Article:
A group of intrepid explorers blast off for an anthropomorphized moon but find more than they bargained for when they meet the moon’s residents, acrobats and ballerinas. If all of this sounds suspiciously close to Méliès, that’s because it is a ripoff of same by Pathé.
Copycats, color and lunar ballerinas
Some things never change in the movies. Take a big hit like A Trip to the Moon. Any film that was popular with audiences would be targeted for theft. The first method was to make unauthorized copies of the original, while the second method was to simply remake the picture with just enough change for plausible deniability. And that’s where An Excursion to the Moon comes into play. Directed by Segundo de Chomón and released by Pathé, it is a virtual shot-for-shot do-over of the Méliès hit. However, there are some interesting differences that we will be discussing.
We’ll start by getting something out of the way. Segundo de Chomón was extremely talented in his own right. I mention this because An Excursion to the Moon is a pretty blatant ripoff and it would be easy to dismiss Chomón as a Méliès wannabe. The two men worked in the same style of magical, painted worlds and special effects. In fact, Chomón’s films often demonstrated unique wit, humor and creativity but Pathé wanted some ersatz Méliès and a fella has to eat. Dismissing his career because of some copycat pictures would be like dismissing John Gilbert just because The Cossacks was an exercise in flagrant cinematic theft.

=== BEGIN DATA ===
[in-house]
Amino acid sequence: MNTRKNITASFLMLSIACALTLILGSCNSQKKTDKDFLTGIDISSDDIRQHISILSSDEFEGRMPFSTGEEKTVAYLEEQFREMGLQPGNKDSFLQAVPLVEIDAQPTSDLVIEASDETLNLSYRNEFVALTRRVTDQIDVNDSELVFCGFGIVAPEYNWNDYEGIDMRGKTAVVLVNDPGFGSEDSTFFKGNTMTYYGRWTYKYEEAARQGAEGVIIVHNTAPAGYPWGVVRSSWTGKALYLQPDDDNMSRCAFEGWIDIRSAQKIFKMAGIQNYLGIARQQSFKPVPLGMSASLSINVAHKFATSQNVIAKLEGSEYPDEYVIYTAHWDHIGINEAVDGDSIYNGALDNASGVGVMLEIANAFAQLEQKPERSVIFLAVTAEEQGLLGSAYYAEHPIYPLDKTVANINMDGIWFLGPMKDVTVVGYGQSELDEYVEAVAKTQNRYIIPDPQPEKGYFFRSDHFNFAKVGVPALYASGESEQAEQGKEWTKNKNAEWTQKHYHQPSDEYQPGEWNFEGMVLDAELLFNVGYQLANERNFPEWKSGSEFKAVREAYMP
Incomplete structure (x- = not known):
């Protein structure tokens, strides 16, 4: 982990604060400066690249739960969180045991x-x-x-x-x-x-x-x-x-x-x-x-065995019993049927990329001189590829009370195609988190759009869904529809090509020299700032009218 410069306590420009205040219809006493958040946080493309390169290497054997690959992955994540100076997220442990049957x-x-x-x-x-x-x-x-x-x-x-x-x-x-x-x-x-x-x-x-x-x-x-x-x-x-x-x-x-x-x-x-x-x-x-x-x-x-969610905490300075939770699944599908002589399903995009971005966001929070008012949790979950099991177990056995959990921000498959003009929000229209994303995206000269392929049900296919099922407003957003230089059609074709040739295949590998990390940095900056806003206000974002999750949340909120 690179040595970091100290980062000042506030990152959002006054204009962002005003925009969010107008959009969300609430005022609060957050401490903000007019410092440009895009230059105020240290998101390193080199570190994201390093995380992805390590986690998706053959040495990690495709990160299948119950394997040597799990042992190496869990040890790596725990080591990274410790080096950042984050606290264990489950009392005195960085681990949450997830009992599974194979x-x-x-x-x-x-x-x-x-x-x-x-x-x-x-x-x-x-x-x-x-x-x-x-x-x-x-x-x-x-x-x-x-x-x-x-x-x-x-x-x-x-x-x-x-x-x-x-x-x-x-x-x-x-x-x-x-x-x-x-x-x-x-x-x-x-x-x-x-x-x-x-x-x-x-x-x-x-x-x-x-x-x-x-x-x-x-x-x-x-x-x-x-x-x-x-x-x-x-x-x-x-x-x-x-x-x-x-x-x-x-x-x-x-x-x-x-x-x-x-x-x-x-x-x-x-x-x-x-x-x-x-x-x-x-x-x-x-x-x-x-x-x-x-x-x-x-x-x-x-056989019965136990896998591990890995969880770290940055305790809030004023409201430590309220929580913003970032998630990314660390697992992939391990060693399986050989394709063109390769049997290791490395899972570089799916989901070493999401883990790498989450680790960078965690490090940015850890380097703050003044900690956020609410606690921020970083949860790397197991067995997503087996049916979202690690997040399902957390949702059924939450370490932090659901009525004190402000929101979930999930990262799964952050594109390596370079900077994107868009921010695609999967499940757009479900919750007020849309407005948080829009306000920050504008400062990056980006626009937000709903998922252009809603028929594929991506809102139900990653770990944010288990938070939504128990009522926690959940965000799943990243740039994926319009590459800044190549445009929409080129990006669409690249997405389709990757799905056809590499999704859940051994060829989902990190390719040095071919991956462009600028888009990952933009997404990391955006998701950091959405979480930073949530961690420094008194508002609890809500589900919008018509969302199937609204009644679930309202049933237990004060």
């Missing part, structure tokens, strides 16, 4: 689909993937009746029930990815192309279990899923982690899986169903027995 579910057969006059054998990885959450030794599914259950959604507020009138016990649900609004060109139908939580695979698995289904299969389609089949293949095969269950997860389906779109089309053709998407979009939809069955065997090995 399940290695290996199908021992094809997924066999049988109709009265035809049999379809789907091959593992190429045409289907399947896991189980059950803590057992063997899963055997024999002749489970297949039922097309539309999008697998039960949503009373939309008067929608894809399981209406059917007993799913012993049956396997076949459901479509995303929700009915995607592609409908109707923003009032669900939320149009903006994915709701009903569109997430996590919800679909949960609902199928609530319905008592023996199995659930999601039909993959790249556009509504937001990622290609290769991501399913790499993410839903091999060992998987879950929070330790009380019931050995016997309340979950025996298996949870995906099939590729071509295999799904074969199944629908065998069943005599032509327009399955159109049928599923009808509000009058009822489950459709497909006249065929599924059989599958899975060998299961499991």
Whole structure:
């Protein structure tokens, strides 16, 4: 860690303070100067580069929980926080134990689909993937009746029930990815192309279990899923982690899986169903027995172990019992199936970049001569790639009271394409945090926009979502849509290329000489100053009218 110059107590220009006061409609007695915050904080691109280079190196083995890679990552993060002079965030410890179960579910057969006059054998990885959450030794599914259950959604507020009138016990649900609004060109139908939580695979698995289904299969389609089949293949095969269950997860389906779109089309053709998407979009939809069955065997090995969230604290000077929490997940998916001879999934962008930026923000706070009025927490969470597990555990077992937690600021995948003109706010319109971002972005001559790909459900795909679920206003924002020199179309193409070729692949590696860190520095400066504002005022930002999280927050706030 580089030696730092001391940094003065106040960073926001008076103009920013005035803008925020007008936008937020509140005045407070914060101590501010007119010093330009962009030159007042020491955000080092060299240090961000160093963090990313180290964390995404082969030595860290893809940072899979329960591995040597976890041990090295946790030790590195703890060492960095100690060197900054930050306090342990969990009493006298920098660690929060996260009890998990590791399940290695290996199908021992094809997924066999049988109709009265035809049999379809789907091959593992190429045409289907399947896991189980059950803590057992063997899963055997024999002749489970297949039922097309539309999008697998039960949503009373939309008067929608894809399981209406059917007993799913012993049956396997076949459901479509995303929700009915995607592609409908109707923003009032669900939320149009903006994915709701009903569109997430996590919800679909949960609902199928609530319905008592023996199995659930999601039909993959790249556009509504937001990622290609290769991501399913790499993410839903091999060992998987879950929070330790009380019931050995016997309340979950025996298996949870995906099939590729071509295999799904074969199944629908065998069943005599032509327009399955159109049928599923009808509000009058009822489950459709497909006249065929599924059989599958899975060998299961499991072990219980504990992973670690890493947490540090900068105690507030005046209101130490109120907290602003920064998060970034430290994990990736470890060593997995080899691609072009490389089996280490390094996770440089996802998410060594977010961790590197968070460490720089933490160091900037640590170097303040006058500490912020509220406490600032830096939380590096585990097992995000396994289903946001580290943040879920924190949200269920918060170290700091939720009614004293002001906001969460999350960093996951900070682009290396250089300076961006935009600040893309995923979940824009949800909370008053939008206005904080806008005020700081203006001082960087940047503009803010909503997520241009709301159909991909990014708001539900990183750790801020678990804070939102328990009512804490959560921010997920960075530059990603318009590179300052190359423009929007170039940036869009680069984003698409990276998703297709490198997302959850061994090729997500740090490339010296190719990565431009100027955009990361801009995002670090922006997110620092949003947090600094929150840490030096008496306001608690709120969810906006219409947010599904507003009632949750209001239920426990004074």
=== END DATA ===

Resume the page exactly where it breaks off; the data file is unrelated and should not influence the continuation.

First, a overview of the plot: A wealthy young man is enamored of the moon and is so eager to visit it that he attempts to dive into its reflection in a pool. A wise man in a beard and celestial caftan proclaims that he shall make the journey possible and he has a chalkboard full of equations to back his theory up. True to his word, he is soon able to build his bullet-like craft and he is shot at the moon via giant cannon. Once there, he meets the natives, an odd bunch that seem to disappear into puffs of smoke. The little exploratory party escapes with a moon princess and the space capsulte returns to Earth. They are praised for their daring and all ends in wine and song.
So, 90% A Trip to the Moon, right down to the rocket design. Now it’s time to talk about how these films differ from one another.
The Chomón picture was made just six years after the original but movies were already starting to tighten up. The framing in Excursion is tighter than Trip, though how much of this was due to design and how much due to limited studio space I cannot say. I am guessing that it was a budget move, the film generally seems to have been made on a far smaller scale than A Trip to the Moon.
As was common for films of this period, Excursion was tinted with color sequences. The color was handled by the Pathé team while Méliès used the services of Madame Thuillier. Pathé had tried to recruit Thuillier in 1906 but she broke the contract when she discovered she would be expected to share authority. Around the time Excursion was made, Pathé had hundreds of colorists—all women—on their payroll.
While his film was not as lavish as A Trip to the Moon, Chomón also has a few tricks up his sleeve. When the wise man explains his plan to rocket to the moon, his chalkboard is turned around to reveal a viewscreen with the proposed journey playing out for his astonished audience.
Colonialism, Hot Pants and Deadly Umbrellas